Weekend Afterthoughts, Featuring What’s Next For Gennady Golovkin, CompuStroke For Andre Ward, More

It's easy to be overshadowed by Gennady Golovkin, unless you, too, are 160 pounds worth of walking drone strike. Don't overlook this fight between featherweights Daniel Diaz and Robert Marroquin, though, which aired on Solo Boxeo. It starts with Marroquin going down twice in the 1st round and messing up his knee, only for him to brawl his way back into the thick of it. Diaz got the split decision. We got a show. It was a better one, too, than Anthony Crolla-Gavin Rees, which I read some very enthusiastic reviews of, but our man Andrew Harrison gave its appropriate due.

Andrew wrote up another show, and so did I. This is for the material that fell through the cracks or came to light since then — the things in the headlines, what's up with The Fight Game, what's up next with Brandon Gonzales, what happened on Friday Night Fights. And not much more, honestly.

  • Gennady Golovkin-Matthew Macklin. Golovkin is breaking people, literally. Promoter Lou DiBella said on Twitter that Macklin — Golovkin's toughest opponent to date — walked away with a cracked rib. And for Golovkin, it was, in his words, a "regular fight." He now is without question the best of both worlds in boxing: excellent, and exciting. The Transnational Boxing Rankings Board put him at #1 in the middleweight ratings, although there was some debate about whether he should replace Daniel Geale there. But even if you have him at #2, it's hard to ignore how he's become everything you could want in a boxer. His power is so enormous that Macklin was in survival mode midway thorugh the 1st round; clearly panicked, Macklin virtually ignored the between-rounds advice of trainer Buddy McGirt to move to his right in the 2nd. The outside-the-ring stuff for Golovkin is still coming. He's got a nice smile, and he's that rare smiling assassin as opposed to someone who embraces the intimidating imagery of a Mike Tyson on Sonny Liston. When Macklin spent one long stretch looking down at the canvas where there was too much water, Golovkin didn't take advantage even though he could've, so he could win over fans with his sportsmanship. His broken English has a kind of charm, but he's got a ways to go as someone whose story — and how he tells it — really rings loudly. Yet he appears to be catching on: After some lackluster numbers in his first two appearances on HBO, he seemed this weekend to get into the ballpark of the HBO average at 1.1 million viewers (keeping in mind that apples to apples comparisons of rankings have been hard to come by lately). I haven't declared a winner in the HBO and Showtime war, a battle being fought on pretty even terms overall, by my eye. But Golovkin is a mighty powerful chess piece in that war right now for HBO.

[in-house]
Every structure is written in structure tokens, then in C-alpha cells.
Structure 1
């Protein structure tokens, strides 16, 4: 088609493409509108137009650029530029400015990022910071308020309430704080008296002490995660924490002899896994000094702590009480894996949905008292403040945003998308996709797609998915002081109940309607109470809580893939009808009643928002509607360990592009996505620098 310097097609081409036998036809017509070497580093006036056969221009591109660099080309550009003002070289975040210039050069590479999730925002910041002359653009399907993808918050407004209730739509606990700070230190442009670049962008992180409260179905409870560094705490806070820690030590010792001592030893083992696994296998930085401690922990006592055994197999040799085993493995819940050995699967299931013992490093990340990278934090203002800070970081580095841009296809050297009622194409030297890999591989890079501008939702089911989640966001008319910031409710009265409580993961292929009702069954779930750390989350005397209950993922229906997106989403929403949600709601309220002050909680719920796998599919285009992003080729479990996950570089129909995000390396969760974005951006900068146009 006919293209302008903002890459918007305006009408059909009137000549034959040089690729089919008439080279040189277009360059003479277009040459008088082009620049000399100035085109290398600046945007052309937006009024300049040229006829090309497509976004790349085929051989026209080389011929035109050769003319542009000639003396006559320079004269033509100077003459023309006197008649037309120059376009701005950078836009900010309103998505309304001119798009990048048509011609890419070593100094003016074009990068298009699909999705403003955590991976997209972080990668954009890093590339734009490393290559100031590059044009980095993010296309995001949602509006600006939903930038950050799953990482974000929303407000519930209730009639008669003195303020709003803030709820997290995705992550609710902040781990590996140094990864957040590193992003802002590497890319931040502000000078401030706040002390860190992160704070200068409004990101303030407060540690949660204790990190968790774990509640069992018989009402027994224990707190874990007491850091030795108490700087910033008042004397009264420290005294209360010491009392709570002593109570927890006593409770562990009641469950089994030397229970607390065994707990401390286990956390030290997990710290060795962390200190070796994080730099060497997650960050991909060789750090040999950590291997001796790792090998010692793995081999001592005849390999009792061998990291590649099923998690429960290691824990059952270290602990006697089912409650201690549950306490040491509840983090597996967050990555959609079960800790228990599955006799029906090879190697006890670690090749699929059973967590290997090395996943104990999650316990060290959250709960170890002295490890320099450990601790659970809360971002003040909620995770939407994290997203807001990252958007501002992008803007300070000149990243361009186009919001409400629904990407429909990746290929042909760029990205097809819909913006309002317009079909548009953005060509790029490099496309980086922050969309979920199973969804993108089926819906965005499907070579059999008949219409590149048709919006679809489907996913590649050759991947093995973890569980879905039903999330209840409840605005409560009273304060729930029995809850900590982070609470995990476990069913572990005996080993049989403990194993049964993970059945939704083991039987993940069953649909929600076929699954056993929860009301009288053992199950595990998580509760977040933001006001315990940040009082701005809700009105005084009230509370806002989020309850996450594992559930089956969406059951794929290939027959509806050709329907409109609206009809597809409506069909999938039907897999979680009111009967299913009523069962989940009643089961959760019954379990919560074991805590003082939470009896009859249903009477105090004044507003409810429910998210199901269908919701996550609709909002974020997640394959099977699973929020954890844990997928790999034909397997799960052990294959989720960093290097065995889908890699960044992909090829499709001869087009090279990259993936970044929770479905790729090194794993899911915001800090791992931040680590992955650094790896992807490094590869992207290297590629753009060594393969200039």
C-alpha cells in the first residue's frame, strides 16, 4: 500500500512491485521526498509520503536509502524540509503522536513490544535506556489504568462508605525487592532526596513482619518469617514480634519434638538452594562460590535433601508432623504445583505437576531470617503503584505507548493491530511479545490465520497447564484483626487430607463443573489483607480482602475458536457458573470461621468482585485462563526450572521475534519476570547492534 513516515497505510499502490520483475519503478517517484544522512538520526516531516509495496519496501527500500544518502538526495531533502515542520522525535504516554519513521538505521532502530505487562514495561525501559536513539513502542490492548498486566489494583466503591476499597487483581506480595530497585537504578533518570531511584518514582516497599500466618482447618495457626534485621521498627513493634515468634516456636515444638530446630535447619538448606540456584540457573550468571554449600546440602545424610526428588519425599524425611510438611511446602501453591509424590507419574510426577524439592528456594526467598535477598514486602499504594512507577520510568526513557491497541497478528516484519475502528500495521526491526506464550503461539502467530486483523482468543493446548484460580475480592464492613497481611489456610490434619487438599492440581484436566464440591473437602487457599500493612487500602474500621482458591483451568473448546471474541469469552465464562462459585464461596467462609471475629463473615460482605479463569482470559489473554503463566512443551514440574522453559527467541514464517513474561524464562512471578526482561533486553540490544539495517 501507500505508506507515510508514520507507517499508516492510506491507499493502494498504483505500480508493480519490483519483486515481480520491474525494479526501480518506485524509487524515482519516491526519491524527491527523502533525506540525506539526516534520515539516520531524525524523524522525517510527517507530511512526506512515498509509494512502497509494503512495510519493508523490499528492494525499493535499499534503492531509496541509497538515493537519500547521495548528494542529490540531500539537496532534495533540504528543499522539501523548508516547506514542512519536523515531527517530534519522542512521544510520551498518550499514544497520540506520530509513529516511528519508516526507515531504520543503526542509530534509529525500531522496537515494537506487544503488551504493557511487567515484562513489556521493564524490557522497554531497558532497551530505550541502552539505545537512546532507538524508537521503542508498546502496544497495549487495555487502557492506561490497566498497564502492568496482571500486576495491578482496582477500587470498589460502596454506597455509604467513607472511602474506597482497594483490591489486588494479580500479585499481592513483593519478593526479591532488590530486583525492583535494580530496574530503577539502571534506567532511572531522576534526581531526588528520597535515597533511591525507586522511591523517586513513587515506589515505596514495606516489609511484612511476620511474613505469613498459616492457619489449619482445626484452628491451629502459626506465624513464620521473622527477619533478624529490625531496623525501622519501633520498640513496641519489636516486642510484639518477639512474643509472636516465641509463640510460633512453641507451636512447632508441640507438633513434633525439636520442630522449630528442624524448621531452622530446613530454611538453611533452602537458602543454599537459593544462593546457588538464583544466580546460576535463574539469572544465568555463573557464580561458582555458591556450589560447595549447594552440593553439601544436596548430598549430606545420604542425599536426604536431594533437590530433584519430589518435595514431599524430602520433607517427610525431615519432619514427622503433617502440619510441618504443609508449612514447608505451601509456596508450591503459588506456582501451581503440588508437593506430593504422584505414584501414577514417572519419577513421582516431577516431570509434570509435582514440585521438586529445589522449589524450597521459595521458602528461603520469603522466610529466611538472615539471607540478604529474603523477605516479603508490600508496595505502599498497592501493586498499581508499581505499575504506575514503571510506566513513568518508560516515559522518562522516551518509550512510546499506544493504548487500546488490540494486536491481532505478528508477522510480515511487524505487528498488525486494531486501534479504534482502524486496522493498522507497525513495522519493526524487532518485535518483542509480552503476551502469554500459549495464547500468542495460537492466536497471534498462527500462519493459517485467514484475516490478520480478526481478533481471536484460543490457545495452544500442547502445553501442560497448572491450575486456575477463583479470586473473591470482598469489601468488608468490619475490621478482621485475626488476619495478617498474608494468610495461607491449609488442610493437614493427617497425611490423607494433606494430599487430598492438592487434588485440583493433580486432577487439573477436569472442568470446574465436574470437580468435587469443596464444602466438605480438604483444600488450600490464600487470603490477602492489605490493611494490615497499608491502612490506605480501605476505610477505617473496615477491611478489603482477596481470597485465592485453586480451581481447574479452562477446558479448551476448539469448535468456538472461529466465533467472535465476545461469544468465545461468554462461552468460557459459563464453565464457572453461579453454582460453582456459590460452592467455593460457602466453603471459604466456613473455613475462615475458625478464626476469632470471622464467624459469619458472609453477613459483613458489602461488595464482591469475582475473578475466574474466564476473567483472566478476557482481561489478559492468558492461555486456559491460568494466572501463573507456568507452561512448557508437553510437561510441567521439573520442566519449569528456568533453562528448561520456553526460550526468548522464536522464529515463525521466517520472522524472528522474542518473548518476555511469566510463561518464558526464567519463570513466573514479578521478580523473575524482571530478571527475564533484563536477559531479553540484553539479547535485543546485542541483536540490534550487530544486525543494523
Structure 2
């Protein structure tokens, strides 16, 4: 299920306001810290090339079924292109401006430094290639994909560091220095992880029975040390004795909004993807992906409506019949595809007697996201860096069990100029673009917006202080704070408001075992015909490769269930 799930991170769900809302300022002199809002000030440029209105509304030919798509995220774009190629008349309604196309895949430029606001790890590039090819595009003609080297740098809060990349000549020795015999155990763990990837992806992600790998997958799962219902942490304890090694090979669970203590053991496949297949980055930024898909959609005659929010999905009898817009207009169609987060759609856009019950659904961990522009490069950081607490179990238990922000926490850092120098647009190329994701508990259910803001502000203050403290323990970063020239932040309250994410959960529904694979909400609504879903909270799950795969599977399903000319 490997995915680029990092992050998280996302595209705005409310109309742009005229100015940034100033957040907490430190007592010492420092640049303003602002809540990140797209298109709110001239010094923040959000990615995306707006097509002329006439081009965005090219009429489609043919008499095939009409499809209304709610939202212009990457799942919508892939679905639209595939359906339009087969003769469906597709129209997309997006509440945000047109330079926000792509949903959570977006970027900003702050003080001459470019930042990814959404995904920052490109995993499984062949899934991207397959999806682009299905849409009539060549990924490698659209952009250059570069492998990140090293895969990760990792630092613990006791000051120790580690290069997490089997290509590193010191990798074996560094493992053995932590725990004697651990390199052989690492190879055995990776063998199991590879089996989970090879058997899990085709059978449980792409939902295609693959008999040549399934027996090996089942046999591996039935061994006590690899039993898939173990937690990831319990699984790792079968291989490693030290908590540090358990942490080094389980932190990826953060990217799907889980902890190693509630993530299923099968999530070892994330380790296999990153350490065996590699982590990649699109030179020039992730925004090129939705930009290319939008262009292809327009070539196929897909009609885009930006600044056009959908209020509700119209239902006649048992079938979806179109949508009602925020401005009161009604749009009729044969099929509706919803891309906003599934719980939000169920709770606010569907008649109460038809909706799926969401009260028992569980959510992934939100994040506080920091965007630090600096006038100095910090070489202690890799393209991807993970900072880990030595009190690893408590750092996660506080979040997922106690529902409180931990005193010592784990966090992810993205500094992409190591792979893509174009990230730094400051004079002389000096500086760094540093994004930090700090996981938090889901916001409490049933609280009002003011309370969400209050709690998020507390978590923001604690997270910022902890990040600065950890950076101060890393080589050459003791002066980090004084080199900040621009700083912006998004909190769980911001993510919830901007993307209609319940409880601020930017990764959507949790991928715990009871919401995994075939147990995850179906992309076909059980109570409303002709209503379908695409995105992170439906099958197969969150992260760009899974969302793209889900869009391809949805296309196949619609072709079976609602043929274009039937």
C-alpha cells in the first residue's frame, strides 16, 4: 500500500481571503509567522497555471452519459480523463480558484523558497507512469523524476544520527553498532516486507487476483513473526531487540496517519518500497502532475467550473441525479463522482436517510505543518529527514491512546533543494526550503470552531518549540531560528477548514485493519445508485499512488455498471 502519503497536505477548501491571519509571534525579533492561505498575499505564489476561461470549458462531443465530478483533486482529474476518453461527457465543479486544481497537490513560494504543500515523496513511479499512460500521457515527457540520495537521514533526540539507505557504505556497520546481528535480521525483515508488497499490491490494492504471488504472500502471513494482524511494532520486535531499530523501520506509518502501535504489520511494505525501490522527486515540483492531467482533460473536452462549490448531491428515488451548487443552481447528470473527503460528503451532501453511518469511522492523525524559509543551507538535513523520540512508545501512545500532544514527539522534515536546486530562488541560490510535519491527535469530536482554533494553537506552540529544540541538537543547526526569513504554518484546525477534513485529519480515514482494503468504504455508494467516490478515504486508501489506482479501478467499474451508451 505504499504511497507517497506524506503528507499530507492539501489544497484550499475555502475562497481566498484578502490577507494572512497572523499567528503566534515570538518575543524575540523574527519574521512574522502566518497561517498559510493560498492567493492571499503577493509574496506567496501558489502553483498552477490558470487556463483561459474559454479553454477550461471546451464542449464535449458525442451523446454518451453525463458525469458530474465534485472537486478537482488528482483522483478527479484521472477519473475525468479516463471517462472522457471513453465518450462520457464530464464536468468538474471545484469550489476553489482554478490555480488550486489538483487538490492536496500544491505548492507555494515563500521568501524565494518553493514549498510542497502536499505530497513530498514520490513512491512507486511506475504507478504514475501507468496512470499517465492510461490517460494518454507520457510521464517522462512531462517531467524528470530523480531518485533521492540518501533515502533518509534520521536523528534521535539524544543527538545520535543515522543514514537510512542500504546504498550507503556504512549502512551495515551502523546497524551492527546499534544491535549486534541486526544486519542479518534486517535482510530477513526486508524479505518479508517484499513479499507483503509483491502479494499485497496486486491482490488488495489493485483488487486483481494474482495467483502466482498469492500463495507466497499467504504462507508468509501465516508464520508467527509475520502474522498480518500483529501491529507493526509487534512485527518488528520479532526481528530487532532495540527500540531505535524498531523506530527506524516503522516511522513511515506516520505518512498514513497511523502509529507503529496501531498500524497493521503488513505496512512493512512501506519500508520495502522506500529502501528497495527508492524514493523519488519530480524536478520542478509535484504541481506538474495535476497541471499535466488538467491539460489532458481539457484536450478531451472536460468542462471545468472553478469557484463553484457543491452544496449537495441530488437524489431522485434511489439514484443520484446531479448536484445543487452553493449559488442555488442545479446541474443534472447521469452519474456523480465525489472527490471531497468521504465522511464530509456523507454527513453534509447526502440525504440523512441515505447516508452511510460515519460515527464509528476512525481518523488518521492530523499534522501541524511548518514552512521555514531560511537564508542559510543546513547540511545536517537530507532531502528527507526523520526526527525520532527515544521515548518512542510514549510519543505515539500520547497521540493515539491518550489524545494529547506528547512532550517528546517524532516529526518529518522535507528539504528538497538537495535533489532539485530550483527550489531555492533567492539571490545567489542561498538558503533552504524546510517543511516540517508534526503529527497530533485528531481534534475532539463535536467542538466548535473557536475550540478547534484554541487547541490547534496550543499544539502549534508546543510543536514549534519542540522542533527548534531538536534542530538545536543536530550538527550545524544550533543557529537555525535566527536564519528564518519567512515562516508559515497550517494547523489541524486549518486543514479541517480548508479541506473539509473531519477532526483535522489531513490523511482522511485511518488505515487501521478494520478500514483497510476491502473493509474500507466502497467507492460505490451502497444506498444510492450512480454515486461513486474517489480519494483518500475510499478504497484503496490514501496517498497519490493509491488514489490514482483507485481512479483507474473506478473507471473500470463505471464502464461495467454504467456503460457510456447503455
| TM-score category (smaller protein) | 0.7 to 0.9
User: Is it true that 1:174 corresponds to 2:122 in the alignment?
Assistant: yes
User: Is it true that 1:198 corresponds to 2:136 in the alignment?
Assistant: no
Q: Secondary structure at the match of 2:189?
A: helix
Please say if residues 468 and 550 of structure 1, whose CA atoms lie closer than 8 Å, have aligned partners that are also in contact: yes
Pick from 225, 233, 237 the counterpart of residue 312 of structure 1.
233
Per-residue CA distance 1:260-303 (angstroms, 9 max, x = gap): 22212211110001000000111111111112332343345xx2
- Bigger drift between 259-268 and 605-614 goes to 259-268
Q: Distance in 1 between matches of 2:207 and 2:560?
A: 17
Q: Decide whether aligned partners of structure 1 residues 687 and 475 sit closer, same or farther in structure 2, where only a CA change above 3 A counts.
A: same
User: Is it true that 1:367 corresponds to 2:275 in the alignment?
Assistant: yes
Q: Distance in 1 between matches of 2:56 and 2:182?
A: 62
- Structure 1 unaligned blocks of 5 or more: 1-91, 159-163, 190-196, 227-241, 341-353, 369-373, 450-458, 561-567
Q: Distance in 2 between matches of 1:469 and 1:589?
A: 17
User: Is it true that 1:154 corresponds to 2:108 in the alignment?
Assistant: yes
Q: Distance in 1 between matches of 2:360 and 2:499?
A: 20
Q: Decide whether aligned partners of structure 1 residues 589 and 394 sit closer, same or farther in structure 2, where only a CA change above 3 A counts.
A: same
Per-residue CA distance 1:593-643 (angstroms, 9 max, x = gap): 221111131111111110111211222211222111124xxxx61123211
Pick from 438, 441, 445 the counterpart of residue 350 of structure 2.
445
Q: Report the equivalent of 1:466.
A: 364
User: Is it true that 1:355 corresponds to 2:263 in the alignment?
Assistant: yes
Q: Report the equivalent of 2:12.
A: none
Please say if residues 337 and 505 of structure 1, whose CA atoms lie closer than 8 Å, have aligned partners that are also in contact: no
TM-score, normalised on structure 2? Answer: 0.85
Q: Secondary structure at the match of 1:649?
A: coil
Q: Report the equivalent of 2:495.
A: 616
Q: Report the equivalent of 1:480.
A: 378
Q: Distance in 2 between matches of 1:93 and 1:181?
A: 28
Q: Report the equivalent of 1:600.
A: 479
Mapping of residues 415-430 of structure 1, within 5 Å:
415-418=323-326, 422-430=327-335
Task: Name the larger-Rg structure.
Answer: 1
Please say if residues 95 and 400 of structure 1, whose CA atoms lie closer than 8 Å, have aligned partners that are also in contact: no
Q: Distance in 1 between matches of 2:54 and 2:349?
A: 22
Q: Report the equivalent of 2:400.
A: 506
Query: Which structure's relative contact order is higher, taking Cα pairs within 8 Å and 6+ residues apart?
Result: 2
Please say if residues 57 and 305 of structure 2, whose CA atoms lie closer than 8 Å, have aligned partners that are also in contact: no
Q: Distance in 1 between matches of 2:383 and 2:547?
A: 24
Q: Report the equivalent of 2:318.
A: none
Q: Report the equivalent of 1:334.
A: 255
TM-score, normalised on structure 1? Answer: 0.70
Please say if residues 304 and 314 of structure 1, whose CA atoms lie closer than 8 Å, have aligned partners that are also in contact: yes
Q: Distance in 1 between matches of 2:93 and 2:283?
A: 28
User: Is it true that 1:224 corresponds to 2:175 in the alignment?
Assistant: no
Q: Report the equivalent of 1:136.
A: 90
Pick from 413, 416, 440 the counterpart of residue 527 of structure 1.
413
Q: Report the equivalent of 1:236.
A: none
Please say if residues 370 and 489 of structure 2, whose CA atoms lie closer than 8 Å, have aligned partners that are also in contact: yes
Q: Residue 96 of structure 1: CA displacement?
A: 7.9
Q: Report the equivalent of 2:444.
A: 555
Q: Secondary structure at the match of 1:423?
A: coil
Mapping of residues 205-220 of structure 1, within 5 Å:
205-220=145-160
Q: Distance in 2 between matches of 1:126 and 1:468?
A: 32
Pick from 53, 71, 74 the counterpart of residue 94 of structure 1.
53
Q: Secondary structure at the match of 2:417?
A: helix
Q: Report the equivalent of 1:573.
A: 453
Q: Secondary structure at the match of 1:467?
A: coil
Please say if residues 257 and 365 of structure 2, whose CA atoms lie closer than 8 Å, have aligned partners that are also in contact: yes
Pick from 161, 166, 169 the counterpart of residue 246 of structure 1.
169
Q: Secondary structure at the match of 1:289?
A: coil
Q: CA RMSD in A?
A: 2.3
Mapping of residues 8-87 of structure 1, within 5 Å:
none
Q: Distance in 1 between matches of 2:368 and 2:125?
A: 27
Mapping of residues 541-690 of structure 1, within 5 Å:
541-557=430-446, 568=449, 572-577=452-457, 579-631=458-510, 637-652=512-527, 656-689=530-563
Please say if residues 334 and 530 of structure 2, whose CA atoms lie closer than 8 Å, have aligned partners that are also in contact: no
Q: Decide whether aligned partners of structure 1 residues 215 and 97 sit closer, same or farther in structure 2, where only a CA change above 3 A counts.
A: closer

• Next for Golovkin. The middleweight man beast will be back on HBO in November, and might fight again before then off-TV. That is a busy schedule and it won't hurt Golovkin's profile at all, which is why I can put up with a mismatch or two thrown in there. Now that I think of it, every Golovkin fight at 160 is a mismatch. DiBella pretty quicky threw cold water on the idea of his man, middleweight champ Sergio Martinez, facing Golovkin, and that's him thinking like a promoter watching out for a 38-year-old with loads of injury woes who's slowing down and probably won't be fighting many more times in his career. Martinez, he thinks like a fighter — he sent word through DiBella that Martinez wants to take on Golovkin because he takes on all the top challenges. The middle ground is that DiBella won't let it happen right away when Martinez returns next spring, and I bet he'll look to put it off for as long as he can. That leaves Golovkin's immediate opposition a complete mystery. Peter Quillin, a fitting match on paper, is fighting on Showtime, so forget that. Daniel Geale-Darren Barker is in August, so maybe the winner of that bout will be ready by November. Golovkin has thrown out the name "Floyd Mayweather" as a goal — wishful thinking, not that there's anything wrong with ambition. Another name he mentioned, Julio Cesar Chavez, Jr., is steering in a different direction, the name of the next man we'll discuss.